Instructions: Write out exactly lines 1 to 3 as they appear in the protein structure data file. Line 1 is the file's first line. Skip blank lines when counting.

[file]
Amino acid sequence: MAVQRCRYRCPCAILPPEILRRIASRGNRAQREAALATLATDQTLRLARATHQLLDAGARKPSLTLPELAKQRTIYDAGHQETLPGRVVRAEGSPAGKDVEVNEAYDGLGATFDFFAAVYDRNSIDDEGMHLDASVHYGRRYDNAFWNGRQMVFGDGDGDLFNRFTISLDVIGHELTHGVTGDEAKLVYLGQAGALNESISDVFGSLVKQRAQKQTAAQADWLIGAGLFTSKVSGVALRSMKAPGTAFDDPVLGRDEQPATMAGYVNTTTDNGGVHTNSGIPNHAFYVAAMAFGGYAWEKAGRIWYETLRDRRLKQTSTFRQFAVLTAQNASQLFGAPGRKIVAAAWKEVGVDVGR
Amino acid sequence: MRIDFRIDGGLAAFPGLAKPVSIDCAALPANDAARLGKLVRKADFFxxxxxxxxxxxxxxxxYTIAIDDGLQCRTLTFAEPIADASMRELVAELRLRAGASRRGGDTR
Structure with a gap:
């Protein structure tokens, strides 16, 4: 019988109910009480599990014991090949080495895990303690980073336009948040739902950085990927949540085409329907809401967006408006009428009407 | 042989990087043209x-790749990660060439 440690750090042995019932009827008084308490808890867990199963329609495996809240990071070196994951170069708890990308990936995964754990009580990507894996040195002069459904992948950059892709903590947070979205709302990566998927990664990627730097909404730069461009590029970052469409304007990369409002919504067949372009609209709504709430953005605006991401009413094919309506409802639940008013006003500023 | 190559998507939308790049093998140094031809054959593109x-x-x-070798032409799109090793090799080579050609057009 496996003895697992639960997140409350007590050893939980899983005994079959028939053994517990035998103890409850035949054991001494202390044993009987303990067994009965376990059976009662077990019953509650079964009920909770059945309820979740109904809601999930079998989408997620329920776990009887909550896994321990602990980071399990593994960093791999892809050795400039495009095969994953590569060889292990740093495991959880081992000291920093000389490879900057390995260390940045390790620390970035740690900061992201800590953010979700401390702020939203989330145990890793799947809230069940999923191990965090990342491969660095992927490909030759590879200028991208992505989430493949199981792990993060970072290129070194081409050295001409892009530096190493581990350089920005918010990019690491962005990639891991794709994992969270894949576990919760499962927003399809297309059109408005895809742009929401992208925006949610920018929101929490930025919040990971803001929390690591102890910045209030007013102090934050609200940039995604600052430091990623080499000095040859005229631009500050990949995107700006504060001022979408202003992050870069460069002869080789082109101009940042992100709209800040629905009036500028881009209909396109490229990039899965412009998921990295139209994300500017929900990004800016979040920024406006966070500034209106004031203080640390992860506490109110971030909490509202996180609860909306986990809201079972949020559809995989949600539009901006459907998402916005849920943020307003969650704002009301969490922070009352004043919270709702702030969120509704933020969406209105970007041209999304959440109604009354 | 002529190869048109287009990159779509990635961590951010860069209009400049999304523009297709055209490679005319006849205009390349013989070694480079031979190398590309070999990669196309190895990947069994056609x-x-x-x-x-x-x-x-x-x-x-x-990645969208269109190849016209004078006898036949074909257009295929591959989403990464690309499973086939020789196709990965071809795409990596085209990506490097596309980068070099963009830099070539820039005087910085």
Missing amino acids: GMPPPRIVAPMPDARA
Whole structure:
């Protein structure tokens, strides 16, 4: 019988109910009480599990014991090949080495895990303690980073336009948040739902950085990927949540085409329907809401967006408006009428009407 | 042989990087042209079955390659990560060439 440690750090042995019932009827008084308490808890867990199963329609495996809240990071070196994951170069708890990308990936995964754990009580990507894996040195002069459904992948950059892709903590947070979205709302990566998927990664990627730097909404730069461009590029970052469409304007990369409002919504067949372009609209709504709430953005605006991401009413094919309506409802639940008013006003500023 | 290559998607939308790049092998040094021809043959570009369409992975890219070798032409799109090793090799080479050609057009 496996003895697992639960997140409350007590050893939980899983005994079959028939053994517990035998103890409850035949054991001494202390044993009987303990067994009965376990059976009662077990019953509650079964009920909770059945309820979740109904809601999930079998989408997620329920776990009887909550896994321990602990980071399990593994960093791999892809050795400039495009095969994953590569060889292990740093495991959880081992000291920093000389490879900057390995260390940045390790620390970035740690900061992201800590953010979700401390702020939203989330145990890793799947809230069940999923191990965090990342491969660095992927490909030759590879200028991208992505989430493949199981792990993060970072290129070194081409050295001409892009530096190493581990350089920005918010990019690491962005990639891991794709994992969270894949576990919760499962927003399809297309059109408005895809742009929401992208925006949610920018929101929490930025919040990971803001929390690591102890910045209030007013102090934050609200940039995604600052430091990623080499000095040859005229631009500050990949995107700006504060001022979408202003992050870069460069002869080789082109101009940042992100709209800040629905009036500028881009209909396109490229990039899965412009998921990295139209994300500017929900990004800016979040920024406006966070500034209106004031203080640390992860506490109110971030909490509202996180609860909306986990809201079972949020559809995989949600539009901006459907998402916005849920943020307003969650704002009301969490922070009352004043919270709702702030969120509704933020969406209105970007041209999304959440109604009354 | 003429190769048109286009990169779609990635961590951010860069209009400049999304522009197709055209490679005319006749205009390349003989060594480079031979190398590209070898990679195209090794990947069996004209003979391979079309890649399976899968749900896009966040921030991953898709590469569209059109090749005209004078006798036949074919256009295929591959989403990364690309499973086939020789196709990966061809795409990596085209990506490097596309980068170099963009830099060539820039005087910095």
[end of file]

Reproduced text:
Amino acid sequence: MAVQRCRYRCPCAILPPEILRRIASRGNRAQREAALATLATDQTLRLARATHQLLDAGARKPSLTLPELAKQRTIYDAGHQETLPGRVVRAEGSPAGKDVEVNEAYDGLGATFDFFAAVYDRNSIDDEGMHLDASVHYGRRYDNAFWNGRQMVFGDGDGDLFNRFTISLDVIGHELTHGVTGDEAKLVYLGQAGALNESISDVFGSLVKQRAQKQTAAQADWLIGAGLFTSKVSGVALRSMKAPGTAFDDPVLGRDEQPATMAGYVNTTTDNGGVHTNSGIPNHAFYVAAMAFGGYAWEKAGRIWYETLRDRRLKQTSTFRQFAVLTAQNASQLFGAPGRKIVAAAWKEVGVDVGR
Amino acid sequence: MRIDFRIDGGLAAFPGLAKPVSIDCAALPANDAARLGKLVRKADFFxxxxxxxxxxxxxxxxYTIAIDDGLQCRTLTFAEPIADASMRELVAELRLRAGASRRGGDTR
Structure with a gap: